'Human Family' - By Maya Angelou

I was reading a collection of poems by Maya Angelou last weekend; here's one that particularly struck me.  The poem, named 'Human Family' was published in 1990, in Angelou's collection, 'I Shall Not Be Moved'. The poem is a revelation of the world, unity, togetherness and community, all the subtle things we took for granted before being in lockdown over the past few years. Enjoy! 


Maya Angelou

I note the obvious differences

in the human family.

Some of us are serious,

some thrive on comedy. 


Some declare their lives are lived

as true profundity.

and others claim they really live

the real reality. 


The variety of our skin tones

can confuse, bemuse, delight,

brown and pink and beige and purple,

tan and blue and white.


I've sailed upon the seven seas

and stopped in every land,

I've seen the wonders of the world

not yet one common man.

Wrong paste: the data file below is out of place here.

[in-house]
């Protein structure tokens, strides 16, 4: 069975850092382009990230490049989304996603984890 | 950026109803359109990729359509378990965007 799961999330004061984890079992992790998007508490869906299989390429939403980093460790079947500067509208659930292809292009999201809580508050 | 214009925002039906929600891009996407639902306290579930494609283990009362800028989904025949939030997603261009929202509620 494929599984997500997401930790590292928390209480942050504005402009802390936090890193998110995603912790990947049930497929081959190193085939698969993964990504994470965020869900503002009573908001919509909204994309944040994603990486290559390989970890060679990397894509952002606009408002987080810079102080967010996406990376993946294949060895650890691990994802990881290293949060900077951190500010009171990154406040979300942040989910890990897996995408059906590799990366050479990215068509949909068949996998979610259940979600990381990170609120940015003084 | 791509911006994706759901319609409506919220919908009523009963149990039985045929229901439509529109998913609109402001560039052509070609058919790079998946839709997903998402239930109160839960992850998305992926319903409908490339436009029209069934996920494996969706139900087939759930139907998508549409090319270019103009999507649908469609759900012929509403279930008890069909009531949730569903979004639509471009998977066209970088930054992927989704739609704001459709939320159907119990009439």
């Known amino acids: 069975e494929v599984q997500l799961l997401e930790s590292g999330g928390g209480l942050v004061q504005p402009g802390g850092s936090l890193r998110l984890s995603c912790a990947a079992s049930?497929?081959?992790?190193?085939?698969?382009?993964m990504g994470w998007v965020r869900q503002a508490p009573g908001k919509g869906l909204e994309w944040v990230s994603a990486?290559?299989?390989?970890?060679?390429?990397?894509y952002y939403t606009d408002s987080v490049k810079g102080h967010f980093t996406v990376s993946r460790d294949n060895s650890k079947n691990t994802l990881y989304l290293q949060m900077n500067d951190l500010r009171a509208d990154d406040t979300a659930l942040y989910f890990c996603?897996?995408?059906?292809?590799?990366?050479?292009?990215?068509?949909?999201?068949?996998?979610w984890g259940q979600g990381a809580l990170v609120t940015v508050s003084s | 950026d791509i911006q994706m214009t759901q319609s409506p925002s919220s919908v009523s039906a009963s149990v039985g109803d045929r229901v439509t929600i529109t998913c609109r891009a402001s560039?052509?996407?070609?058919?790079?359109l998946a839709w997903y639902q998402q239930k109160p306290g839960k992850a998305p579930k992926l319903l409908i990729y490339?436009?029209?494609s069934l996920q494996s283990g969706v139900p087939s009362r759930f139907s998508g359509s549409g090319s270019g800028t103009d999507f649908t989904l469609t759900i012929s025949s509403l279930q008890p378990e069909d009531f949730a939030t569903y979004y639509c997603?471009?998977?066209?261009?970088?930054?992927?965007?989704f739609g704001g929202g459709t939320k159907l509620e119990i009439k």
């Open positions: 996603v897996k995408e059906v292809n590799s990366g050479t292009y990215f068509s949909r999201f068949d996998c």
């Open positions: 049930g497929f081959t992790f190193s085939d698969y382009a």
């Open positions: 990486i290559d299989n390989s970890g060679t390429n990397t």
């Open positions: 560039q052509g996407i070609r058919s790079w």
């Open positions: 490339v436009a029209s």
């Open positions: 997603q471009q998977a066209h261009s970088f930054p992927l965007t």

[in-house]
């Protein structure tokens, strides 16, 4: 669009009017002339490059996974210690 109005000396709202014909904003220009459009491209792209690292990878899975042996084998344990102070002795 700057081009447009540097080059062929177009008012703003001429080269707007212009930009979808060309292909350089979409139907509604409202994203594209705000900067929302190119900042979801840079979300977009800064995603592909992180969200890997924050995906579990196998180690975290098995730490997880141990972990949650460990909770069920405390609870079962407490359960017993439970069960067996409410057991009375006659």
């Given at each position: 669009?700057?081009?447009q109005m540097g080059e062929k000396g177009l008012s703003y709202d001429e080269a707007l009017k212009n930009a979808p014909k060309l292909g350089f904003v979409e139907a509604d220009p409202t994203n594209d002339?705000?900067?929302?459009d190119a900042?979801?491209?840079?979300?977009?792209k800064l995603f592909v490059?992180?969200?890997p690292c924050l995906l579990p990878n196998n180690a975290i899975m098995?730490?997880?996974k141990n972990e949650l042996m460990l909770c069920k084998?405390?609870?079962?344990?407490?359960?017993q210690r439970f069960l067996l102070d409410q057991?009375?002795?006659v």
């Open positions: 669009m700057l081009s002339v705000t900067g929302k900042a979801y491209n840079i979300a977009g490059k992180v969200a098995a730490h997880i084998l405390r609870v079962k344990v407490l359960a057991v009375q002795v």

I know ten thousand women

called Jane and Mary Jane

but I've not seen any two 

who really were the same.


Mirror twins are different

although their features jibe,

and lovers think quite different thoughts 

while lying side by side. 


We love and lose in China,

we weep on England's moors,

and laugh in Guinea, 

and thrive on Spanish shores.


We seek success in Finland, 

are born and die in Maine. 

In minor ways we differ,

in major we're the same. 


I note the obvious differences

between each sort and type,

but we are more alike, my friends,

than we are unalike. 


We are more alike, my friends,

than we are unalike. 


We are more alike, my friends, 

than we are unalike. 


From Maya Angelou's collection, 'I Shall Not Be Moved'.

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